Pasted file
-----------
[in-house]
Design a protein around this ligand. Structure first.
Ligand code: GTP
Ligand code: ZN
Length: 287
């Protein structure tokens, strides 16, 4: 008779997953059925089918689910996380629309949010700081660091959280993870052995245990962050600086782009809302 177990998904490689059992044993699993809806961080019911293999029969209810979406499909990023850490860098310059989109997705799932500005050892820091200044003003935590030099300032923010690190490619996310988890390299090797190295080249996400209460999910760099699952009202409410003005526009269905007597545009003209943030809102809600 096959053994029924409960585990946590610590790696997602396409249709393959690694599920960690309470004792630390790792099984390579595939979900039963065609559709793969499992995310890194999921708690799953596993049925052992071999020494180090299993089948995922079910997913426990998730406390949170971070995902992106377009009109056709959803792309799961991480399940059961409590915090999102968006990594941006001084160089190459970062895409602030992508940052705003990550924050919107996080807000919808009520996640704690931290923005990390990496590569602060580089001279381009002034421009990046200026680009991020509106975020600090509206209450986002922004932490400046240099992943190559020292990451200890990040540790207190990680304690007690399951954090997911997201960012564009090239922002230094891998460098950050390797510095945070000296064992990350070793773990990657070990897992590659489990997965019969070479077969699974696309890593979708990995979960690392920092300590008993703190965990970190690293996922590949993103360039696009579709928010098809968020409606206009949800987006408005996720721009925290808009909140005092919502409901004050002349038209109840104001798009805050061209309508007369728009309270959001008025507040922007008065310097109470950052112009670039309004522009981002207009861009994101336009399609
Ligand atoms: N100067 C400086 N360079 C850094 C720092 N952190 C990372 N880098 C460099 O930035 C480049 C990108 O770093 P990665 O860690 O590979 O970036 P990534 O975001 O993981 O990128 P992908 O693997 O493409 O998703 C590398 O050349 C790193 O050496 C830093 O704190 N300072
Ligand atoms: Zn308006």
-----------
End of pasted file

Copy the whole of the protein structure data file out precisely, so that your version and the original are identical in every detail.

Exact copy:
[in-house]
Design a protein around this ligand. Structure first.
Ligand code: GTP
Ligand code: ZN
Length: 287
């Protein structure tokens, strides 16, 4: 008779997953059925089918689910996380629309949010700081660091959280993870052995245990962050600086782009809302 177990998904490689059992044993699993809806961080019911293999029969209810979406499909990023850490860098310059989109997705799932500005050892820091200044003003935590030099300032923010690190490619996310988890390299090797190295080249996400209460999910760099699952009202409410003005526009269905007597545009003209943030809102809600 096959053994029924409960585990946590610590790696997602396409249709393959690694599920960690309470004792630390790792099984390579595939979900039963065609559709793969499992995310890194999921708690799953596993049925052992071999020494180090299993089948995922079910997913426990998730406390949170971070995902992106377009009109056709959803792309799961991480399940059961409590915090999102968006990594941006001084160089190459970062895409602030992508940052705003990550924050919107996080807000919808009520996640704690931290923005990390990496590569602060580089001279381009002034421009990046200026680009991020509106975020600090509206209450986002922004932490400046240099992943190559020292990451200890990040540790207190990680304690007690399951954090997911997201960012564009090239922002230094891998460098950050390797510095945070000296064992990350070793773990990657070990897992590659489990997965019969070479077969699974696309890593979708990995979960690392920092300590008993703190965990970190690293996922590949993103360039696009579709928010098809968020409606206009949800987006408005996720721009925290808009909140005092919502409901004050002349038209109840104001798009805050061209309508007369728009309270959001008025507040922007008065310097109470950052112009670039309004522009981002207009861009994101336009399609
Ligand atoms: N100067 C400086 N360079 C850094 C720092 N952190 C990372 N880098 C460099 O930035 C480049 C990108 O770093 P990665 O860690 O590979 O970036 P990534 O975001 O993981 O990128 P992908 O693997 O493409 O998703 C590398 O050349 C790193 O050496 C830093 O704190 N300072
Ligand atoms: Zn308006």